"Candidates have to be native speakers, with at least two years' teaching experience. And a TEFL certificate is a must," said Robert Deters, New Oriental School's foreign teacher recruiter at the 2015 Job Fair for Foreigners held in Beijing last Saturday.
Demanding as it seems, the requirements Robert put forward are in fact the prerequisites for almost all schools - private or public – recruiting at the job fair.
"It speaks to how expectations have been raised for expats trying to get a decent job in China as the number of them has increased yearly in the country," says Dou Xingwang, CEO of Panda Guides, who also ordered a booth at the job fair looking for possible employees.
According to a report issued by China's National Bureau of Statistics, the number of expats working in China saw a 19 percent rise from 201,955 in 2010 to 240,000 in 2012, and the figure is still rising.
Decent jobs in China are indeed becoming harder to obtain. The media, the second largest job source at the fair, for example, would only consider expats with a minimum of two to five years' related working experience – the former like a CCTV reporter and the latter a CCTV or CRI host. Even for copy editing jobs, the candidates need to have related working experience and at least a related bachelor's degree.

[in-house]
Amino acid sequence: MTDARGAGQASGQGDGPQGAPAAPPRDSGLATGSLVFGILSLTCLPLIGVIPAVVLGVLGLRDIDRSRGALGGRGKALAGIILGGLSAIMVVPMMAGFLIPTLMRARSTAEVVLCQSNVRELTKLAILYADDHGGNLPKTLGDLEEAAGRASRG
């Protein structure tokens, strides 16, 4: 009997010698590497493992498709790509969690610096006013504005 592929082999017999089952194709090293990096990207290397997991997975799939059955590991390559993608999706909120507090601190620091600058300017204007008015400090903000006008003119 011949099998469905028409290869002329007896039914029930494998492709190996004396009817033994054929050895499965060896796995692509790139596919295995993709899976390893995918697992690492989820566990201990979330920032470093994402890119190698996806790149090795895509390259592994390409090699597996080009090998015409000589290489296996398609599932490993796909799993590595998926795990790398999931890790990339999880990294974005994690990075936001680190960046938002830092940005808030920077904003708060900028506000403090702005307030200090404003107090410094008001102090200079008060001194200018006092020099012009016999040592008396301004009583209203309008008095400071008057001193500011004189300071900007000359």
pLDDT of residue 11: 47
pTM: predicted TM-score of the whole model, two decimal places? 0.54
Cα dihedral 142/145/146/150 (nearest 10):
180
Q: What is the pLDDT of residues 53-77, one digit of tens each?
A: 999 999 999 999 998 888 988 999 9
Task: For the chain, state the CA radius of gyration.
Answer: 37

"To nail in the market as a starter, we just have to go further to impress the employers," said Edward, an exchange student majoring in power system automation at China's Aviation and Aerospace University.
Edward said he is also considering joining his dual degree girlfriend to sign up for Chinese classes as Chinese language skills have become a must for the engineering and business sectors he's interested in.
The senior candidates at the job fair, despite have a comparative advantage in experience, seem to see eye to eye with Edward. And more often than not, they think that for anyone who wants to get a satisfying job in China, he or she has to really compete like the locals to get the job.
"It won't be long for the expats to realize that their advantage as a native speaker in a certain country has diminished," said Michael J. Jordan, a former employer at the AFP and now looking for flexible jobs while staying at Hong Kong Baptist University as a visiting professor.
"It's an important fact to realize that jobs are getting more specialized in China. You have to go to the job fairs and ask around, make an effort to get what you want," Jordan said.
Or, as some young aspirant employed expats suggest, network to get work. "Try Linkedin, build up your CV, demonstrate what you are good at and prove it," said Nick Bedard, a 25-year-old editor employed by a state news agency this year through social networking.
"The key to get a job in China – online or offline, really is, to be good at something and show them what you've got," Bedard said.
So far, the Job Fair for Foreigners has been held for ten years. Since 2008, it has been held twice a year alternately in Shenzhen and Guangzhou in addition to the usual Beijing and Shanghai. This year, there were over 900 expats participating in the Beijing fair that just concluded last Saturday.
The last fair for 2015 would be held at the Swissotel Grand Shanghai this Friday from 9:00 to 16:00.
If you go:
Address: 1 Yu Yuan Road, Jing An District, Shanghai.